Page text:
Document Detail

High sodium sensitivity implicates nocturnal hypertension in essential hypertension.
MedLine Citation:
PMID:  8675254     Owner:  NLM     Status:  MEDLINE    
We investigated the relationship between sodium sensitivity and diurnal variation of blood pressure in patients with essential hypertension. Twenty-eight inpatients with essential hypertension were maintained on high sodium (12 to 15 g NaCl per day) and low sodium (1 to 3 g NaCl per day) diets for 1 week each. Twenty-four-hour blood pressure and urinary sodium excretion were measured at the end of each diet period, and the sodium sensitivity index was calculated as the ratio of the change in mean arterial pressure to the change in urinary sodium excretion rate by sodium restriction. Patients whose average mean arterial pressure was lowered more than 10% by sodium restriction were assigned to the sodium-sensitive group (n = 16); the remaining patients, whose mean arterial pressure was lowered by less than 10%, were assigned to the non-sodium-sensitive group (n = 12). In the non-sodium-sensitive group, mean arterial pressure and heart rate fell during the nighttime, and average values of systolic, diastolic, and mean arterial pressures during the night were significantly lower than those during the day during both low and high sodium diets. On the other hand, in the sodium-sensitive group, there was no nocturnal fall in mean arterial pressure, and none of the systolic, diastolic, and mean arterial pressure values during the nighttime was different from the respective pressure values during the daytime during either sodium diet. The sodium sensitivity index was positively correlated with the fall in mean arterial pressure during the nighttime during a high sodium diet (r = .55, P < .01). These results indicate that in patients with sodium-sensitive essential hypertension, blood pressure fails to fall during the night. High sodium sensitivity may be a marker of greater risk of renal and cardiovascular complications, as has been found in nondippers, patients whose blood pressure fails to fall during the night.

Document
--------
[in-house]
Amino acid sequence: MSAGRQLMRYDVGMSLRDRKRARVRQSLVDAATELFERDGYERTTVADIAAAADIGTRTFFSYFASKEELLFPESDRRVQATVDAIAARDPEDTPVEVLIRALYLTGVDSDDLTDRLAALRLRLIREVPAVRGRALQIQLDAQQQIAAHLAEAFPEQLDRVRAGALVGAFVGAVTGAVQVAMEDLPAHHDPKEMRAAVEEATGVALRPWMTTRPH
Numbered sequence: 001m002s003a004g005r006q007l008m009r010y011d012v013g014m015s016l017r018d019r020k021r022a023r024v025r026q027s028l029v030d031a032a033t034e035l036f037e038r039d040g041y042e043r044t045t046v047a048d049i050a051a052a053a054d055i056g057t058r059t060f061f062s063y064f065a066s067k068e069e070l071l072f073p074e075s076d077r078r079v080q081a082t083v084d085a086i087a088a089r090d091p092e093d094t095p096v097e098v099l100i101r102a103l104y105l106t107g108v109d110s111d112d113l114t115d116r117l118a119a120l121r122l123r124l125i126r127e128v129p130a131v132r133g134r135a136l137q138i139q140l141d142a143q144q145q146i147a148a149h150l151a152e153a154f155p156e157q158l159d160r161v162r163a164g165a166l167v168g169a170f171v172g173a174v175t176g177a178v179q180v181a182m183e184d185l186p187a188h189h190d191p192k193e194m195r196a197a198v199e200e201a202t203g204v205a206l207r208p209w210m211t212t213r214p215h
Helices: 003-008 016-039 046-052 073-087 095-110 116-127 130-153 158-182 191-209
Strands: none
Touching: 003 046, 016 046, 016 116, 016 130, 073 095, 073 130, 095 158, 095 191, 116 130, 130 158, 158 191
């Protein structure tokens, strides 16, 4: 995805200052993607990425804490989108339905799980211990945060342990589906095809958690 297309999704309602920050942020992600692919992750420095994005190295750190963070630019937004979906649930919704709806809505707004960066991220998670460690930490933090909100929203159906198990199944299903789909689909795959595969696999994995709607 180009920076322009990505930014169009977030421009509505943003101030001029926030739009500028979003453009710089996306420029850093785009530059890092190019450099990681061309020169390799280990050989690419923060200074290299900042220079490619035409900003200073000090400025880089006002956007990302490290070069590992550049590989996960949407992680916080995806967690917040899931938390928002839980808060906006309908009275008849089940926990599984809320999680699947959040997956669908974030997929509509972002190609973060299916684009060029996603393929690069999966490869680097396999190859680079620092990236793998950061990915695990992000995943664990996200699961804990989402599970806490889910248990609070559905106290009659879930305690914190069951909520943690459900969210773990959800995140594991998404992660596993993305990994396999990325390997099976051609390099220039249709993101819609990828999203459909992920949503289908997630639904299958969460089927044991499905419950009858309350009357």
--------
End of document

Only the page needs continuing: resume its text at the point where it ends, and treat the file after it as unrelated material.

T Uzu; F S Kazembe; K Ishikawa; S Nakamura; T Inenaga; G Kimura
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Publication Detail:
Type:  Comparative Study; Journal Article; Research Support, Non-U.S. Gov't    
Journal Detail:
Title:  Hypertension     Volume:  28     ISSN:  0194-911X     ISO Abbreviation:  Hypertension     Publication Date:  1996 Jul 
Date Detail:
Created Date:  1996-08-12     Completed Date:  1996-08-12     Revised Date:  2006-11-15    
Medline Journal Info:
Nlm Unique ID:  7906255     Medline TA:  Hypertension     Country:  UNITED STATES    
Other Details:
Languages:  eng     Pagination:  139-42     Citation Subset:  IM    
Division of Nephrology, National Cardiovascular Center, Osaka, Japan.
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MeSH Terms
Blood Pressure*
Circadian Rhythm*
Data Interpretation, Statistical
Diet, Sodium-Restricted*
Hypertension / physiopathology*
Middle Aged
Reg. No./Substance:

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